Meet Peter Kuest, the Monday qualifier with a chance to win Rocket Mortgage Classic

Meet Peter Kuest, the Monday qualifier with a chance to win Rocket Mortgage Classic
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Rickie Fowler will certainly demand most of the headlines as he takes a one-shot lead into Sunday’s final round of the Rocket Mortgage Classic. But it’s also hard to ignore arguably the second best story through 54 holes.

That would be Peter Kuest, the 25-year-old BYU product who Monday-qualified into this week’s event at Detroit Golf Club.

Kuest is tied with Aaron Rai for fourth at 17 under, within striking distance of Fowler’s 20-under mark. After opening in 8-under 64 Thursday, Kuest added a third-round 65 Saturday to re-enter the conversation. He hit 16 greens, eagled the par-5 14th hole and birdied each of the four par-3s.

“It’s just the mindset coming out here, you know, you’ve got to make birdies,” said Kuest, who leads the field in driving distance (334.7 yards) while ranking 18th or better in strokes gained off the tee, approach and putting. “Yesterday’s behind us, I can’t do anything about it, can’t change the score, so I can only do what I can today. Try to keep putting good swings on it and see what happens.”

Because of Sunday’s weather forecast, the final-round tee times were moved up with Kuest going off in the penultimate threesome at 8:45 a.m. ET.

Before Kuest tees off, get to know a little bit about how he got here:

Painting a picture

When Kuest began high school at Clovis West, the rival high school of Bryson DeChambeau’s alma mater Clovis East, he was primarily a baseball player, though he also was a single-digit handicap. As a freshman, Kuest battled injuries, and he was quickly talked into joining the golf team.

Not that Kuest took golf seriously right after that. He also played soccer, and in his free time, he loved to fish, ski and hang out with friends. But one day before his junior year, Kuest came home to find some painter’s clothes laid out on his bed. Kuest’s father was a painting contractor, and with his son’s aspirations all over the place, he left with the clothes a note that read, You can go all-in on something or you can come work for me.

Kuest picked golf, and he never looked back.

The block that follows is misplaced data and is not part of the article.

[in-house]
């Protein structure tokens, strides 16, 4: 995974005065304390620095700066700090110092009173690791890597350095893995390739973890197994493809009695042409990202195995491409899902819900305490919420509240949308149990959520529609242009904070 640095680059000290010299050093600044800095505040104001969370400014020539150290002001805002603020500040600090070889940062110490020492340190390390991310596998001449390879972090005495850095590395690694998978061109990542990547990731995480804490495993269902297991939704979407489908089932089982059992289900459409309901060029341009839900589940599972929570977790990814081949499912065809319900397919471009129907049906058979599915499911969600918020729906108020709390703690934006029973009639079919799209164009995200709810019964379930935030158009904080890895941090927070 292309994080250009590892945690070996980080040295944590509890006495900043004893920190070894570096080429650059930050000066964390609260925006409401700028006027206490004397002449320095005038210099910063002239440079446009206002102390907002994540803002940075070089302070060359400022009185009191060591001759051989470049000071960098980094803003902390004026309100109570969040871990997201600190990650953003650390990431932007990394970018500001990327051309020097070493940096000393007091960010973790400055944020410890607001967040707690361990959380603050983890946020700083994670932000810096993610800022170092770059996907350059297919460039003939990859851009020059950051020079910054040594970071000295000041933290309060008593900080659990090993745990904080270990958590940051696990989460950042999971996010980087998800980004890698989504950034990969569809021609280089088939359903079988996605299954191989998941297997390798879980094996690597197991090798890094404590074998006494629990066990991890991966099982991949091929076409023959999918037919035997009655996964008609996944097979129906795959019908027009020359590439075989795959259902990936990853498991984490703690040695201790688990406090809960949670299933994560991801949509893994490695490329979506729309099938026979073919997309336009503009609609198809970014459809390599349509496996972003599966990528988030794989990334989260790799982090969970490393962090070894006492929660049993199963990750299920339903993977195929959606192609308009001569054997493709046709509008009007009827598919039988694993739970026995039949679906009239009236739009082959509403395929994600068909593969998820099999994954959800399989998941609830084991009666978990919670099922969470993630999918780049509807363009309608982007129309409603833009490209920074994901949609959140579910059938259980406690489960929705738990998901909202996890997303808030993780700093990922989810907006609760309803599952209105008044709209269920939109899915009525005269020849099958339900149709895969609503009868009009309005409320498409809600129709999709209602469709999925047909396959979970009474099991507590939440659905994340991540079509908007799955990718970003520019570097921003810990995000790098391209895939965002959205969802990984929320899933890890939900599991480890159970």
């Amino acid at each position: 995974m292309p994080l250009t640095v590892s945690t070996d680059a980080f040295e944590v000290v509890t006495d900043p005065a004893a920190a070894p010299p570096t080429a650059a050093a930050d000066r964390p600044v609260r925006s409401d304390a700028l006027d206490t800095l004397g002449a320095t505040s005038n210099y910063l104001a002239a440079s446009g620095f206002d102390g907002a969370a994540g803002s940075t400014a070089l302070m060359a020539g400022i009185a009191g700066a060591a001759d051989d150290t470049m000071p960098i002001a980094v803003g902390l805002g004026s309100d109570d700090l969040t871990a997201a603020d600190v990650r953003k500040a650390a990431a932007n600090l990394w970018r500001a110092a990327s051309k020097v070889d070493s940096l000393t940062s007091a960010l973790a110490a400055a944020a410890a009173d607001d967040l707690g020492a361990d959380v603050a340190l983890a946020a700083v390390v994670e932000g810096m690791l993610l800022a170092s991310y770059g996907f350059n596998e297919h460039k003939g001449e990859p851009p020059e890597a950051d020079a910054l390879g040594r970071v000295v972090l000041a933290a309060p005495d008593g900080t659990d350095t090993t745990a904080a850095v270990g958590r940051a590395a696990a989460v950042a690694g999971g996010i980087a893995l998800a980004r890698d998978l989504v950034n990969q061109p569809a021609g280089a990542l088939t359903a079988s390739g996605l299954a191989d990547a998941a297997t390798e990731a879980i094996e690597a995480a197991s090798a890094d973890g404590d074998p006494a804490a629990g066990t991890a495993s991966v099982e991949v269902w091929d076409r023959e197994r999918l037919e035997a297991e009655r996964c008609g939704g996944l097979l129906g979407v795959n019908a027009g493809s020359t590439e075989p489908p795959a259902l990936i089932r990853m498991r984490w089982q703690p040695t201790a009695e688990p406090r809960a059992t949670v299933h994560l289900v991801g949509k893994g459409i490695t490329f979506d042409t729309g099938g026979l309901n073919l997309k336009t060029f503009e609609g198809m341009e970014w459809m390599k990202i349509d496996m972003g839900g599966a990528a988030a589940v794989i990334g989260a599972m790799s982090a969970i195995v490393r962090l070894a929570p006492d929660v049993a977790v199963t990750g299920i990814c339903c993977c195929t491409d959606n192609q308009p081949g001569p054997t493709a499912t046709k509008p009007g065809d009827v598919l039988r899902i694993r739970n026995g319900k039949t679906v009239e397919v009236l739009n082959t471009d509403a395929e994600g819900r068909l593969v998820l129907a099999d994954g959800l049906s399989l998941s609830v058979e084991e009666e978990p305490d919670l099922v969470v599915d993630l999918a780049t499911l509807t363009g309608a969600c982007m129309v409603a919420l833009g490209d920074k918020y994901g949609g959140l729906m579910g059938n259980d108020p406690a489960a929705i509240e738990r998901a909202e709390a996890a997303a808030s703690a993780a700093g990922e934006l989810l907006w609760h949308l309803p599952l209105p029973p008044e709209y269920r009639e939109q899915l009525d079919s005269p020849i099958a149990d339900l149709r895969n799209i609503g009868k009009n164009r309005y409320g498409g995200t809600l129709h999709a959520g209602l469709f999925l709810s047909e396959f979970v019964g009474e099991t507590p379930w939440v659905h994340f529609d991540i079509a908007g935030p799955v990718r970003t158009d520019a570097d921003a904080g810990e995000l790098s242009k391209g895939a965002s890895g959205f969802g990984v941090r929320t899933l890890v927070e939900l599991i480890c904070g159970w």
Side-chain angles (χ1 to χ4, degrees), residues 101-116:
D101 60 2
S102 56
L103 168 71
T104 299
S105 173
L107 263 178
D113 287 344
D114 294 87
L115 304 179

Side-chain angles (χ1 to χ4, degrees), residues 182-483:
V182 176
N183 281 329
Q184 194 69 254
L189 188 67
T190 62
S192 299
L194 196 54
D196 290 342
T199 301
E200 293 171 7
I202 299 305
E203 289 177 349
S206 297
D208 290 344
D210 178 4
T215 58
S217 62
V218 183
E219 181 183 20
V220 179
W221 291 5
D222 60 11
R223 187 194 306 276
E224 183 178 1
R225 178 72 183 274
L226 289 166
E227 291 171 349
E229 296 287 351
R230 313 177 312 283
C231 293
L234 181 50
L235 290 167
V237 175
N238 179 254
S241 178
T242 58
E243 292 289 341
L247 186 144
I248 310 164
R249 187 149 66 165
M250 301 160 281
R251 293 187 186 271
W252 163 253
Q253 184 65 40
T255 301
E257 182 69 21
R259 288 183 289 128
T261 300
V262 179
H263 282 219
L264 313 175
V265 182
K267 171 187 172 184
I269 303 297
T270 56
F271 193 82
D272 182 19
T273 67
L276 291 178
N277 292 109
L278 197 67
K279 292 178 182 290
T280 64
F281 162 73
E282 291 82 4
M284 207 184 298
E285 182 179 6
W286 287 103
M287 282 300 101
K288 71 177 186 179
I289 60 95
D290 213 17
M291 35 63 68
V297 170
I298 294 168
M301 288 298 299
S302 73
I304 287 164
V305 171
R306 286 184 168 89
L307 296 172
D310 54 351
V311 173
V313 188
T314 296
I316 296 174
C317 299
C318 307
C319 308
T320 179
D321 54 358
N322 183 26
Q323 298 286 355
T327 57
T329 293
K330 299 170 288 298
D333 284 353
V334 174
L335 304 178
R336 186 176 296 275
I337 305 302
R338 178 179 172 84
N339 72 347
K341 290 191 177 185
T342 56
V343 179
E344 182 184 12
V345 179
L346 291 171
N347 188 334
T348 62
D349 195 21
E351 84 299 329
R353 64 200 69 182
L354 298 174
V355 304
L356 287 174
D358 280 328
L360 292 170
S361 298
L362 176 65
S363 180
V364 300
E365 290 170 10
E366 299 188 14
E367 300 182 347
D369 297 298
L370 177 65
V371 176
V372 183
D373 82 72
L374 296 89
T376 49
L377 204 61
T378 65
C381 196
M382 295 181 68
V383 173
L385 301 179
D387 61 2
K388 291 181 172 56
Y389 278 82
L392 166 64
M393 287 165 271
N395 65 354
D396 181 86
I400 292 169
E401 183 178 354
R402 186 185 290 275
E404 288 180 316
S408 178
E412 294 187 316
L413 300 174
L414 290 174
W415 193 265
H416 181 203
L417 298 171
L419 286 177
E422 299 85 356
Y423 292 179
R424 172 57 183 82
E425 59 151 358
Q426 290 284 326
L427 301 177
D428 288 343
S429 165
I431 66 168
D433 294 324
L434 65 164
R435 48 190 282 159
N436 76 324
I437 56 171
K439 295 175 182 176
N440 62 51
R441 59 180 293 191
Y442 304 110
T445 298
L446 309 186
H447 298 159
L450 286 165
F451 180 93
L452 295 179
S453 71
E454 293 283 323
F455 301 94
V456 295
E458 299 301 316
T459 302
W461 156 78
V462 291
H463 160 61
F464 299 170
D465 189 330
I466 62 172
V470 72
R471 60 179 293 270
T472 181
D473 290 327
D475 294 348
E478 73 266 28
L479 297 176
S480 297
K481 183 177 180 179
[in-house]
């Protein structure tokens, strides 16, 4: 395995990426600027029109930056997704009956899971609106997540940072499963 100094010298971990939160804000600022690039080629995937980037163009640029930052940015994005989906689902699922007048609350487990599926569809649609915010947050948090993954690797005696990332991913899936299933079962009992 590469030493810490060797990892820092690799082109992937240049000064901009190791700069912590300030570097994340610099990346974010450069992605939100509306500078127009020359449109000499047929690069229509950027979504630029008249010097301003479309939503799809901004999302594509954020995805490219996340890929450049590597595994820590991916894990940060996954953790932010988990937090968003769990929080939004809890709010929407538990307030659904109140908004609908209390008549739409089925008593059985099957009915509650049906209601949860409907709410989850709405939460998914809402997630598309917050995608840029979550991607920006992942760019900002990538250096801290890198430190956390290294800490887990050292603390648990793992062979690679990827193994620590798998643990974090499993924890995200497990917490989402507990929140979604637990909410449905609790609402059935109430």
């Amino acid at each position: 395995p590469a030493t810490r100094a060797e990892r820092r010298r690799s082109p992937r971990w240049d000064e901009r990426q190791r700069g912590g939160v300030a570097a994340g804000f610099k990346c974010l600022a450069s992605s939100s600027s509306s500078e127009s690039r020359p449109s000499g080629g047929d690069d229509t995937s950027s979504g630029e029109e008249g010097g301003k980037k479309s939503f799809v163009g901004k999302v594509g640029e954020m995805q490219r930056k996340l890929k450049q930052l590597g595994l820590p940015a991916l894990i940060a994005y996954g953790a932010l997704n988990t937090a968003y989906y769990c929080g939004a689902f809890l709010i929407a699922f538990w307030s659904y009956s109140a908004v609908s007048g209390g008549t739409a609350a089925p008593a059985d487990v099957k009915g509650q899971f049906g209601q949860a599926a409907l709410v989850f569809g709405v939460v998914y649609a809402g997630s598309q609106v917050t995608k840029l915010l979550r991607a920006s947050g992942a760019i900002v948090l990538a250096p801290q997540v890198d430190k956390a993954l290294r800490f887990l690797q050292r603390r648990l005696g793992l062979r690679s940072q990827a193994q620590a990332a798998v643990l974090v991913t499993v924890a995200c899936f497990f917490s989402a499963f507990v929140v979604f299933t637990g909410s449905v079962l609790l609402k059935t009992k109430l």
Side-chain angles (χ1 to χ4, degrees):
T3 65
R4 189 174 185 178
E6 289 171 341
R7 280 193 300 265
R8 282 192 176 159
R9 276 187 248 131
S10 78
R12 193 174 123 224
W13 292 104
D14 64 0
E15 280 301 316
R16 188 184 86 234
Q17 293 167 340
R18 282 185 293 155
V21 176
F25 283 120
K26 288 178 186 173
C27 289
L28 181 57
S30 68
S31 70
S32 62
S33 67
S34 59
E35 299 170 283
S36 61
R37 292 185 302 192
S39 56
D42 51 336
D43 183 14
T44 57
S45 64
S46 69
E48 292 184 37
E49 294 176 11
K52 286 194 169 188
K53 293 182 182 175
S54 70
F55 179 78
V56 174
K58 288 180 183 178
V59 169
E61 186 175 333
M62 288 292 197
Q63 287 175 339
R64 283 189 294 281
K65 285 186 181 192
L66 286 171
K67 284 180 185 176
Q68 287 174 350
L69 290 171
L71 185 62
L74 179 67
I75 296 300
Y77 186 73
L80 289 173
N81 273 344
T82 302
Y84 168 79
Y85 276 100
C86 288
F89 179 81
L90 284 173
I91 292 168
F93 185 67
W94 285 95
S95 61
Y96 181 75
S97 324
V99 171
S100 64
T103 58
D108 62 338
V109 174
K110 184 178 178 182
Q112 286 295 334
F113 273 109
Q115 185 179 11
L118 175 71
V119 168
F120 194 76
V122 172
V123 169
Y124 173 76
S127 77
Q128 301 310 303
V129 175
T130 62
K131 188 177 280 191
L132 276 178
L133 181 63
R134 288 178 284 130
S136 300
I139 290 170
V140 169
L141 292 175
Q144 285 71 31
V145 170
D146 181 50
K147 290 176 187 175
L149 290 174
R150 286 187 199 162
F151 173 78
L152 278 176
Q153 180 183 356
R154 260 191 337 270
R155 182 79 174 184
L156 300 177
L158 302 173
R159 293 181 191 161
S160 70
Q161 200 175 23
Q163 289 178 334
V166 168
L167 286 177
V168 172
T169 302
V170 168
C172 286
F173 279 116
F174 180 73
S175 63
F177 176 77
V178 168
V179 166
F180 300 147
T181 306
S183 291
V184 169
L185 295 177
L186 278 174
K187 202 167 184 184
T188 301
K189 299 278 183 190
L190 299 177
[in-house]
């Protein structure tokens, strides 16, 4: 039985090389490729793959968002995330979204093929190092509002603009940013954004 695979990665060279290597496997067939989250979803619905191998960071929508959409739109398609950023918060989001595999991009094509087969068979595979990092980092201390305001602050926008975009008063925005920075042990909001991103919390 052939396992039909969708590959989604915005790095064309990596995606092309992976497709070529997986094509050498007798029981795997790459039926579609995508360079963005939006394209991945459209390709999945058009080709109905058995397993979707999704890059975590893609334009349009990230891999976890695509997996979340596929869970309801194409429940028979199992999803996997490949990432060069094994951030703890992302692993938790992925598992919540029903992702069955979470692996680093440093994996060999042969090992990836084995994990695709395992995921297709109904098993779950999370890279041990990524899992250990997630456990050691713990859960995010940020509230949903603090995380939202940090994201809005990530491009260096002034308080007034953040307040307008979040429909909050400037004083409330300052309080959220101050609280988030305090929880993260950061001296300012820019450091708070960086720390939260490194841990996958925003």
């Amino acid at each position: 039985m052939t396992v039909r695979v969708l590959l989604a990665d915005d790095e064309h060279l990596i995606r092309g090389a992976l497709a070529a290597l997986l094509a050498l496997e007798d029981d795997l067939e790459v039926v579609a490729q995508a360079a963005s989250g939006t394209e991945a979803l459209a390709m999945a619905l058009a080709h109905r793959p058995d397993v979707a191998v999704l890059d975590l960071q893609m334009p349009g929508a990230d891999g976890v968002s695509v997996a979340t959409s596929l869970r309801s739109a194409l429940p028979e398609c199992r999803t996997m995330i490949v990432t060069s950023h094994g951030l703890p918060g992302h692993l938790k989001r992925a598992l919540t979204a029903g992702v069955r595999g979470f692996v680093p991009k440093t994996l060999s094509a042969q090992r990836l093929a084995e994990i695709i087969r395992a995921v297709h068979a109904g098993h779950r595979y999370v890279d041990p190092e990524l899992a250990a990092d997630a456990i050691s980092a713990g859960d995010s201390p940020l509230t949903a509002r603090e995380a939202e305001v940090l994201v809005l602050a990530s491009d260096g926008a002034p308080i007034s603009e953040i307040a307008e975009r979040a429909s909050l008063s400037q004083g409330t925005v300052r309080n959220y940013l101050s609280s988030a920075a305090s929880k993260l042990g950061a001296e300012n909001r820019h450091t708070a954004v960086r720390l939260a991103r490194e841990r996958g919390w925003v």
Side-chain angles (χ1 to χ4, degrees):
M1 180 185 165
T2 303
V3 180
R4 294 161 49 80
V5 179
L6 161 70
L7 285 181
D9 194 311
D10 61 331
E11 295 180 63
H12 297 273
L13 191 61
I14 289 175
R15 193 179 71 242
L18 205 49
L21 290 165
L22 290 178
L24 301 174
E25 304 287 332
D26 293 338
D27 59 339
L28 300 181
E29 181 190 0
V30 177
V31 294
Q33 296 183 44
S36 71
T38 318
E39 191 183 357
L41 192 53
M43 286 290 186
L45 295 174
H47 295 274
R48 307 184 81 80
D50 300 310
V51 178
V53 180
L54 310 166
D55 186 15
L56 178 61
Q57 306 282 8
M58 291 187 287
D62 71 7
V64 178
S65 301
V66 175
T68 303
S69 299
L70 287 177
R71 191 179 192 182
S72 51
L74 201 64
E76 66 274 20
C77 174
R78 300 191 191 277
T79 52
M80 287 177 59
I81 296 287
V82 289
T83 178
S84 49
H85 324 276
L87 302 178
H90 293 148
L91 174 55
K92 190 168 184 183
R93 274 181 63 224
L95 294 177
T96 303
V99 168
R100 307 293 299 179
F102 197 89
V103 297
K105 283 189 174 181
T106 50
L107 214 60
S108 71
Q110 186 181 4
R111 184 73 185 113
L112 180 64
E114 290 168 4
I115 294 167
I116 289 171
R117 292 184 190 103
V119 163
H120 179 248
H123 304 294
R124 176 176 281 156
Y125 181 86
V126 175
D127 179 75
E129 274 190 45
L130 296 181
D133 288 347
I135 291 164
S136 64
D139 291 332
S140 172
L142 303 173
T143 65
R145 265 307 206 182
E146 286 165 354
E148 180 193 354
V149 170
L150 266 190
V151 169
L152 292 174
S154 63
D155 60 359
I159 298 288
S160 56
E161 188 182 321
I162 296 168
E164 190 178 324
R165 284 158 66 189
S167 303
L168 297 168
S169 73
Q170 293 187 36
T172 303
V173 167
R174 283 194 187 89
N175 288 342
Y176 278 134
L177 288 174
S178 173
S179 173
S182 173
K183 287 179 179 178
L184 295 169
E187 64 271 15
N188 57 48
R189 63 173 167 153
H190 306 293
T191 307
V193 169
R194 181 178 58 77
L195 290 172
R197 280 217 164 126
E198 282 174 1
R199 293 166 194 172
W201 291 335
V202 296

Prolific winner

Though Kuest was lightly recruited, he landed at one of the top mid-major programs in college golf, BYU. It was a perfect fit for Kuest, who could break from golf to fish in the nearby Provo River or go skiing at Sundance Mountain. He spent most of his time wearing out the team’s range and practice green.

Kuest ended up winning 10 times in four years for the Cougars, including eight times in his final three semesters and change before his senior campaign was cut short by the COVID-19 pandemic.

“When Peter came here, he wanted to be the best golfer he could be, and he’s done that,” BYU head coach Bruce Brockbank said. “He’s given us everything he’s had, worked his tail off and played some great golf.”

Entering the unknown

Kuest could’ve returned to BYU for a fifth year in 2020-21, but much like Pepperdine’s Sahith Theegala, Kuest opted to be one of the few seniors who would turn pro in the middle of a pandemic with nowhere to play.

Eventually Kuest received six PGA Tour sponsor exemptions that year. But he missed five of those cuts. He then headed to Europe in 2021 and made a handful of Challenge Tour starts. His best finish there was T-14. He broke through to earn conditional status at Korn Ferry Tour Q-School at the end of 2021, but in his KFT debut season the following year, Kuest made just over half of his 16 cuts with only one top-30, a T-5 at the Utah Championship. Kuest lost his KFT card after that season.

“There are a lot more talented guys out there than me, so I have to make it up with my work ethic,” Kuest said at the time. “But that’s fine, that’s how I was raised. I was raised to work.”

This year, Kuest has found some success in PGA Tour Monday qualifiers, getting through three of them, including for this week’s Rocket Mortgage Classic. He also received a sponsor invite into the AT&T Byron Nelson, where he posted a T-14 finish.

Full-field scores from Rocket Mortgage Classic

Helped by an extra club

Kuest might not even be in the field this week at Detroit Golf Club had it not been for an extra club.

During this week’s Monday qualifier, Kuest shot 66 at Fieldstone Golf Club to get into a 4-for-3 playoff with Andy Spencer, Bret Stegmaier and Hayden Springer. After just one playoff hole, Springer was eliminated with a double bogey despite hitting just four shots on the par-4 first hole. How is that possible? Well, Springer was assessed a two-shot penalty for having 15 clubs in his bag. According to Monday Q Info’s Ryan French, Springer accidentally put a 3-iron –he usually travels with the club as an option to replace his 5-wood – back in his bag after completing his 18 holes of regulation. When he went to the range to warm up for the playoff, it was raining, and the towel Springer had draped over his clubs was covering up the 15th club.

Springer discovered the 3-iron after hitting his drive on the playoff hole. Initially, the playoff was called shortly after Springer notified a rules official. But after further discussion, the players all resumed the hole. Springer missed a 15-footer for bogey to narrowly miss extending the playoff with Stegmaier, who bogeyed to advance along with Spencer and Kuest.

“I feel really bad for Hayden, he’s such a good dude,” Kuest said. “I mean, all to him for coming out and saying he had 15 clubs. You hope everyone out there does it if that happens to them.”

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